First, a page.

Centre Pompidou plans to go global: focus is China, India, Brazil

The Centre Pompidou is looking to expand abroad with a chain of galleries that will carry the flagship French institution’s brand. Alain Seban, the president of the Centre Pompidou, says that museums, universities and even shopping malls could host exhibitions of items drawn from the Paris-based institution’s 72,000-strong collection of modern and contemporary art. Seban says. “With temporary projects in existing venues like museums [and] universities, but why not historical monuments, former industrial facilities or shopping malls?”
He would not be drawn on exact locations abroad but indicates that he is targeting Bric (Brazil, Russia, India, China) countries with growing economies—and art scenes. “This is a strategy for expanding internationally into territories that can aim to create their own contemporary art brands. Countries such as China, India and Brazil, for instance, can develop such brands in the future.”
This is not the first time the Pompidou has tried to branch out overseas. In 2007, the then president Bruno Racine said he expected a museum carrying the Pompidou’s name to open in Shanghai before 2010.  But the scheme never materialised because of difficult negotiations with the Chinese authorities: the main obstacle was the lack of a legal framework for a non-profit foreign institution to operate in China. A joint attempt by the Guggenheim and the Centre Pompidou, in conjunction with the developer Dynamic Star International, to operate the planned cultural facilities in the West Kowloon cultural district in Hong Kong by 2018 was also thwarted.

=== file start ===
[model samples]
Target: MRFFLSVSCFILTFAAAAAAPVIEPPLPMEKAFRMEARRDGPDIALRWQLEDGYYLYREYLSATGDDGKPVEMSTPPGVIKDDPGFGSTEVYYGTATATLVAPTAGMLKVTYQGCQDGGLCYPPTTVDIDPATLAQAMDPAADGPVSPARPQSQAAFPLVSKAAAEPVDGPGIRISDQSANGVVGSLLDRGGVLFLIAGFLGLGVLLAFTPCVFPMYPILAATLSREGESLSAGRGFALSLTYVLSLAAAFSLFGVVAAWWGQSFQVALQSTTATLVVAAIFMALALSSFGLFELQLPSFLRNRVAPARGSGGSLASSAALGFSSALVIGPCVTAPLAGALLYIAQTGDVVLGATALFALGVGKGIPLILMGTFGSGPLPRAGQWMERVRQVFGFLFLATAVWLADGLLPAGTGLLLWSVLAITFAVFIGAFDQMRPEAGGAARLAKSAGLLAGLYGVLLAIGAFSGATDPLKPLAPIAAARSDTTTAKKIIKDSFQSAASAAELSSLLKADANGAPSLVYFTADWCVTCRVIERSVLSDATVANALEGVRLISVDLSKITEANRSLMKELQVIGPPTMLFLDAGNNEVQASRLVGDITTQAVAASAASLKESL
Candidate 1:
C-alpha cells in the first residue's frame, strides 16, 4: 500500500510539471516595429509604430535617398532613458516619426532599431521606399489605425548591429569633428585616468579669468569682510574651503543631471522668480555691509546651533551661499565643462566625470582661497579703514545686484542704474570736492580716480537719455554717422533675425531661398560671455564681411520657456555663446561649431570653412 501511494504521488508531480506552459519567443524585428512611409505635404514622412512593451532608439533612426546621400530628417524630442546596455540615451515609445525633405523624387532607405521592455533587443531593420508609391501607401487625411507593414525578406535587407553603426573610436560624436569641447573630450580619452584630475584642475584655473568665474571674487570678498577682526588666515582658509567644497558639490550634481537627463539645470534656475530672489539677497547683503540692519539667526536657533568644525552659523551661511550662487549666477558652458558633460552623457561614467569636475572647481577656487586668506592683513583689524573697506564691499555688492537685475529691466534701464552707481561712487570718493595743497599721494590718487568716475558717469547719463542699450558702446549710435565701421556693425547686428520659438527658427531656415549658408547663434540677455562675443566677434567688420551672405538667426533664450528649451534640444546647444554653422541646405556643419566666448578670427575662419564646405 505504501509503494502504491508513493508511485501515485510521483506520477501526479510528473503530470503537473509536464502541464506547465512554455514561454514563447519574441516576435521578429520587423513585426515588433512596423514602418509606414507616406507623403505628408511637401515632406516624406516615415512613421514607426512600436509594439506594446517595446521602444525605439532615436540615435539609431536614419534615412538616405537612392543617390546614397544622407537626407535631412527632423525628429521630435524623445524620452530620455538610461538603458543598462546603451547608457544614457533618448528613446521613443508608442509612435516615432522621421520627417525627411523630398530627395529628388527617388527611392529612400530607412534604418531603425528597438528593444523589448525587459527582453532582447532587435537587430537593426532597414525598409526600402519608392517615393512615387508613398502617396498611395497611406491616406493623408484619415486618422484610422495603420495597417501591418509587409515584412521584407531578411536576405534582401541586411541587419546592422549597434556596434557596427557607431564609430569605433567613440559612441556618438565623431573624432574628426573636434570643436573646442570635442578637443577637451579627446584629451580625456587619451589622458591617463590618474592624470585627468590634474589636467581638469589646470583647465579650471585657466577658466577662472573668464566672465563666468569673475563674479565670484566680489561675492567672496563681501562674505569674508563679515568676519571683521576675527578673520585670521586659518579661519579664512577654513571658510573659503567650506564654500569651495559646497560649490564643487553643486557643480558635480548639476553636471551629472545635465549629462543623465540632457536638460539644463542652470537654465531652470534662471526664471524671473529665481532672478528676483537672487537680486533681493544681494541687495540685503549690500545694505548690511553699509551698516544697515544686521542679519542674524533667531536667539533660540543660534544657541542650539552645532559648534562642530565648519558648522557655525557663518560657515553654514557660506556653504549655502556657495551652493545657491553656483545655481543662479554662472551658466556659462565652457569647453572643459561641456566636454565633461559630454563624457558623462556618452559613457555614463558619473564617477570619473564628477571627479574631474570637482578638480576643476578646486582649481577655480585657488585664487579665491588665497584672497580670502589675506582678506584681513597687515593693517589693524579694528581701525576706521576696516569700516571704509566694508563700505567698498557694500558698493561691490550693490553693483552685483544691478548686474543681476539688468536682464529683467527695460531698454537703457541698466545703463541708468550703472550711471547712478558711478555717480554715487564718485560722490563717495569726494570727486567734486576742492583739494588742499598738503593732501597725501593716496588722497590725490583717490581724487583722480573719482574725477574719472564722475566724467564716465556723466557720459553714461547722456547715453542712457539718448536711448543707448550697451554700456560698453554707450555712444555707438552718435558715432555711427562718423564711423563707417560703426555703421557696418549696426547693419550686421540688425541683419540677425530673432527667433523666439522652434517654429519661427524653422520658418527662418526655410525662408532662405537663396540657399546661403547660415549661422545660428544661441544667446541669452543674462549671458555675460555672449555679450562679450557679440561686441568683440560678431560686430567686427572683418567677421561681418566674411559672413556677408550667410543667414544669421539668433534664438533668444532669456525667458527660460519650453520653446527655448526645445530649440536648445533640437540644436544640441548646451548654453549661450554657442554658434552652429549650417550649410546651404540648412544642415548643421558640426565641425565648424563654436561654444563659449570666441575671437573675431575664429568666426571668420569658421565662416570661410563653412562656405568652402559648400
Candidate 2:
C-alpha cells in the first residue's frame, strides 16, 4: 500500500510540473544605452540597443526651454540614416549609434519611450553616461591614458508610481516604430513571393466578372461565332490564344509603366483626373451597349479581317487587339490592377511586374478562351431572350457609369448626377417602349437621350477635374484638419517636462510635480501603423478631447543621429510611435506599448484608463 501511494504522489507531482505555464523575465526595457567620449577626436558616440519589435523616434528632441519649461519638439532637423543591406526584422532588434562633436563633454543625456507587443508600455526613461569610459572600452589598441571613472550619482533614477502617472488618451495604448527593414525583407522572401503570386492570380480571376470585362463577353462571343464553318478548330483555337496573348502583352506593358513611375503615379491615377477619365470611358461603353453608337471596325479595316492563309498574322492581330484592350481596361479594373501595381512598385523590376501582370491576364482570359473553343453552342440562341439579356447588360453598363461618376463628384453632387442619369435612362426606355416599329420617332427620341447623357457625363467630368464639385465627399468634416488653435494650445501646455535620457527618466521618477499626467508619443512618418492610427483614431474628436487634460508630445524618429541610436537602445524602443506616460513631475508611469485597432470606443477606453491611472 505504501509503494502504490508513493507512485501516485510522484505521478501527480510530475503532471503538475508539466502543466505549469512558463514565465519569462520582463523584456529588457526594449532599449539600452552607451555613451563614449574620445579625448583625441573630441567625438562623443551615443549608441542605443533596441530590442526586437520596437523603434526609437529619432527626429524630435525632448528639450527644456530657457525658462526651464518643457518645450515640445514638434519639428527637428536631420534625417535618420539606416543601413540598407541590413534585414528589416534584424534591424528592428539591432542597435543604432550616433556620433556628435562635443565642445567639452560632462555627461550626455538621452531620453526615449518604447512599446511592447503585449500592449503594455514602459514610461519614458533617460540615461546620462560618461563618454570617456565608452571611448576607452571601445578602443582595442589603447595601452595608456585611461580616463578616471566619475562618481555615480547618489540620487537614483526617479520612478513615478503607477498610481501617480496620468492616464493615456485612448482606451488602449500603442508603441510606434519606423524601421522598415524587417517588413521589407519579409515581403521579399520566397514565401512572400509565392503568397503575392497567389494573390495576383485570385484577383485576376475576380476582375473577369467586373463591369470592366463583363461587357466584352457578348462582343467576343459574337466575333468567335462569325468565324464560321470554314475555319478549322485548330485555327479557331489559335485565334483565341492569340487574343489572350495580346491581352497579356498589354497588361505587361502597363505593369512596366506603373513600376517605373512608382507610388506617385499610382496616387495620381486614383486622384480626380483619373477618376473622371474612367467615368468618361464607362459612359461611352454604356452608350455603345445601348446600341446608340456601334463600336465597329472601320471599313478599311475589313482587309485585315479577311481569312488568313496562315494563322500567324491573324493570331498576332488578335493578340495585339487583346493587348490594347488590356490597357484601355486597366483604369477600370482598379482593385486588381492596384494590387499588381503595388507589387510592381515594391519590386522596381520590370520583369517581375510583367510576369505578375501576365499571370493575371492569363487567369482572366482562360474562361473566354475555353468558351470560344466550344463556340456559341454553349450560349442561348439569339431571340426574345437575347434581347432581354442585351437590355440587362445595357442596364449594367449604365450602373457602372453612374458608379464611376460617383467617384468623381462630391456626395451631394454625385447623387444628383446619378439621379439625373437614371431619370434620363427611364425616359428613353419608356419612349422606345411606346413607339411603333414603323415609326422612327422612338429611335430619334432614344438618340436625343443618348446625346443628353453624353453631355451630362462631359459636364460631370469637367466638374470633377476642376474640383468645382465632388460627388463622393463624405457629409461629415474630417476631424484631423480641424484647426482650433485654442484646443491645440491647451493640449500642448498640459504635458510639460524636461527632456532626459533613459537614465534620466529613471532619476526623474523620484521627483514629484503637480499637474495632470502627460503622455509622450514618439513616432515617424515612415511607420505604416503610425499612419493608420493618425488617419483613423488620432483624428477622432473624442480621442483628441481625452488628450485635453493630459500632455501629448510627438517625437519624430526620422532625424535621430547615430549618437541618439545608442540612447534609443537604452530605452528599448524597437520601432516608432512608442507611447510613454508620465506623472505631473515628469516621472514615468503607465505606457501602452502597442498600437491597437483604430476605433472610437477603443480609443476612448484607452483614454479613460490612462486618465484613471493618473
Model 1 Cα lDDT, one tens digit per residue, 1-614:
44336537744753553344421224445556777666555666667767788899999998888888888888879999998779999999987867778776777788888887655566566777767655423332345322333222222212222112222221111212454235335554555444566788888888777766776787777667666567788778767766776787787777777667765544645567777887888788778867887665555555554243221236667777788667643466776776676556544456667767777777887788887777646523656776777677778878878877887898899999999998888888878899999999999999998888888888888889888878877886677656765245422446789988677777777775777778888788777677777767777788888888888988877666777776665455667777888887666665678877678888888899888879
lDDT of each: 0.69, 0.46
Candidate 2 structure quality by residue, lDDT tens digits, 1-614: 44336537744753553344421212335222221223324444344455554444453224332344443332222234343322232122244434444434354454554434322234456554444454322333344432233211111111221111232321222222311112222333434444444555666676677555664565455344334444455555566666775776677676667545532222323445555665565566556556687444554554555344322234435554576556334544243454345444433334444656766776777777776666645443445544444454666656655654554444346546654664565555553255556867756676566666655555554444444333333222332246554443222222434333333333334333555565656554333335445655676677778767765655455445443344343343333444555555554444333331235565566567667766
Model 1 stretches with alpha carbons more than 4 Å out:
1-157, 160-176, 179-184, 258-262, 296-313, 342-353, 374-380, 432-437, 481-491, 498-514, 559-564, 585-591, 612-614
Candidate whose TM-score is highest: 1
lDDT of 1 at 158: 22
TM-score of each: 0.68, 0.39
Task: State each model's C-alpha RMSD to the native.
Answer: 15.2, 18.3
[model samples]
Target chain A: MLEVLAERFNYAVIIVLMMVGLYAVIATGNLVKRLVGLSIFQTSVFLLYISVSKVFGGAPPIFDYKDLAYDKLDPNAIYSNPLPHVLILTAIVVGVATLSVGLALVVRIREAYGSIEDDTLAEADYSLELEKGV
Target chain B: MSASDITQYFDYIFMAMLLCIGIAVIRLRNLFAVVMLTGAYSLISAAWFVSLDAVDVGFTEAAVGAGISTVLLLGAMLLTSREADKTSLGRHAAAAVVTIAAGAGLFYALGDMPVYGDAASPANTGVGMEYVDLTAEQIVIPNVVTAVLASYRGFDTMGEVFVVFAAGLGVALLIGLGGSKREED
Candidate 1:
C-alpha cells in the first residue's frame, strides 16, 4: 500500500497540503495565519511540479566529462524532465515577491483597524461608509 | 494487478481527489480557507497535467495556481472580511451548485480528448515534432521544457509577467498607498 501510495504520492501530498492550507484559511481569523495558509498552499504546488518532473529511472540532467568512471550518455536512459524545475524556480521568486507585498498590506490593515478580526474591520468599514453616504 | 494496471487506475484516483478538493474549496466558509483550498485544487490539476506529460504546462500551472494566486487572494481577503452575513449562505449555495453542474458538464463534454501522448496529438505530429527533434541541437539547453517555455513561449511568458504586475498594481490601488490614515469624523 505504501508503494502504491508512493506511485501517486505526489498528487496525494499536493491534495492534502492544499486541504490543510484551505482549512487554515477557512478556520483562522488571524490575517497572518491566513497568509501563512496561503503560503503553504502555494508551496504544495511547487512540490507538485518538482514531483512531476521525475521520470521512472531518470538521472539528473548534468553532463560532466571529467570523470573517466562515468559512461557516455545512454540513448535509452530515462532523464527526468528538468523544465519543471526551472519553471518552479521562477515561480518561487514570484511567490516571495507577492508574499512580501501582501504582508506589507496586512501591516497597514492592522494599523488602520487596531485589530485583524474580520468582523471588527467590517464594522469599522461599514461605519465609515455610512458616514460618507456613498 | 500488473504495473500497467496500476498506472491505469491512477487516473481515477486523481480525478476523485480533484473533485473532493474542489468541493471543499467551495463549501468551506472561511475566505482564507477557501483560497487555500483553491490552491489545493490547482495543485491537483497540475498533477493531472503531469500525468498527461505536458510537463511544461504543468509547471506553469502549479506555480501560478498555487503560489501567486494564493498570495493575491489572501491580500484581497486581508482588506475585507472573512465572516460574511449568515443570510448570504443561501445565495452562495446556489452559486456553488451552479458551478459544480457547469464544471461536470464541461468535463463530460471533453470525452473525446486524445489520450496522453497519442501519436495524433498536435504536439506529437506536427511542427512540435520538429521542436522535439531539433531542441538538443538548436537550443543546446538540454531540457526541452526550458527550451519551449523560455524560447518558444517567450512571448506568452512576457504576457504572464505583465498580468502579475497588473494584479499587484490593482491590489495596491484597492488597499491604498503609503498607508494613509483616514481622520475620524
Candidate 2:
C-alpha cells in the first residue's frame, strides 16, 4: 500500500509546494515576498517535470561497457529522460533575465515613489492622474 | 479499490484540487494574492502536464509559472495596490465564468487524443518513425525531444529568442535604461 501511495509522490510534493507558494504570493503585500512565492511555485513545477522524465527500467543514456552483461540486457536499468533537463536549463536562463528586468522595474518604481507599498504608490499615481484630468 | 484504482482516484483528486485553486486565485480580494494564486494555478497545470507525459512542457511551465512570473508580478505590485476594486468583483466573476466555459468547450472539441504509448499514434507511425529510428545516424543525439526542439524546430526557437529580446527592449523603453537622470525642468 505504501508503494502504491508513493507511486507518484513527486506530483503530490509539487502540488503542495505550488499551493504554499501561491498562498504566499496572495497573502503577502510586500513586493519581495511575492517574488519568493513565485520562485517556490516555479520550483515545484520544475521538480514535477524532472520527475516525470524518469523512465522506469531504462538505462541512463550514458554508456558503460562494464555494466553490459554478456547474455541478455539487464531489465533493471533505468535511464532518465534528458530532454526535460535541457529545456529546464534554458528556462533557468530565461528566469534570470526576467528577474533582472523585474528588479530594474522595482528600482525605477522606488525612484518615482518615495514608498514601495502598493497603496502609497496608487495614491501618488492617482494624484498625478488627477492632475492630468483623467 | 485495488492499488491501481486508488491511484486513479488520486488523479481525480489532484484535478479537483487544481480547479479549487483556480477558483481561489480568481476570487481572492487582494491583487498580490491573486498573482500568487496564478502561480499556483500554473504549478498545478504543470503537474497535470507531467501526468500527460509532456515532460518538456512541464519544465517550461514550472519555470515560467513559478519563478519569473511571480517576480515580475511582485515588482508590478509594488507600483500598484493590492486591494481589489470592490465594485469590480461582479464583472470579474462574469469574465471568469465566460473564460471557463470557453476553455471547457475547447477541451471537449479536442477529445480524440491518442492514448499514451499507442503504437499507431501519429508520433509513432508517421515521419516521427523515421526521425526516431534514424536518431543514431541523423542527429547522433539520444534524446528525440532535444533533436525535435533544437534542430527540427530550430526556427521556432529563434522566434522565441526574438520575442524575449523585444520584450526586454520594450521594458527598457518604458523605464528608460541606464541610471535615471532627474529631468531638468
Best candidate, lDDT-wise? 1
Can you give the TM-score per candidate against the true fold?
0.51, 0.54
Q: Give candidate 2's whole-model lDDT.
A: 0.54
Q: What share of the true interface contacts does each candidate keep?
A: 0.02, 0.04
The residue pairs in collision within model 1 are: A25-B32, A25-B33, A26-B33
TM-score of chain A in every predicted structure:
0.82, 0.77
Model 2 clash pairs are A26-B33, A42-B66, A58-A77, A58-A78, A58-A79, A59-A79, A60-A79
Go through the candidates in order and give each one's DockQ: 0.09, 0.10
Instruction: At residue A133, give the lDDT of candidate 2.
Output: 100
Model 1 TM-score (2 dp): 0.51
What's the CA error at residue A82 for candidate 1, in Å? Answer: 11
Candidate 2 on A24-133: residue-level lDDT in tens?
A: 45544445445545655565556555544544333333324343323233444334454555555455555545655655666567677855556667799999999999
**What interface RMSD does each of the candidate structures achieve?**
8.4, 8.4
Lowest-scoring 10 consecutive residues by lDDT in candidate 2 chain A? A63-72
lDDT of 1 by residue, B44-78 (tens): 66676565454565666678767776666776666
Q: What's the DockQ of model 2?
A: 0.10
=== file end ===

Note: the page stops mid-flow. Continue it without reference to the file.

Arguably the real revolution is taking place online, with Seban saying that the Virtual Centre Pompidou, due to go live later this year, will differ from other museum websites in that it adopts “a content-driven approach. Any content produced by the Centre Pompidou, from catalogues to interviews with artists and curators, will be transferred automatically onto our new web platform, which will act as a digital mirror to the Centre Pompidou.”

To see the original article : The Art Newspaper

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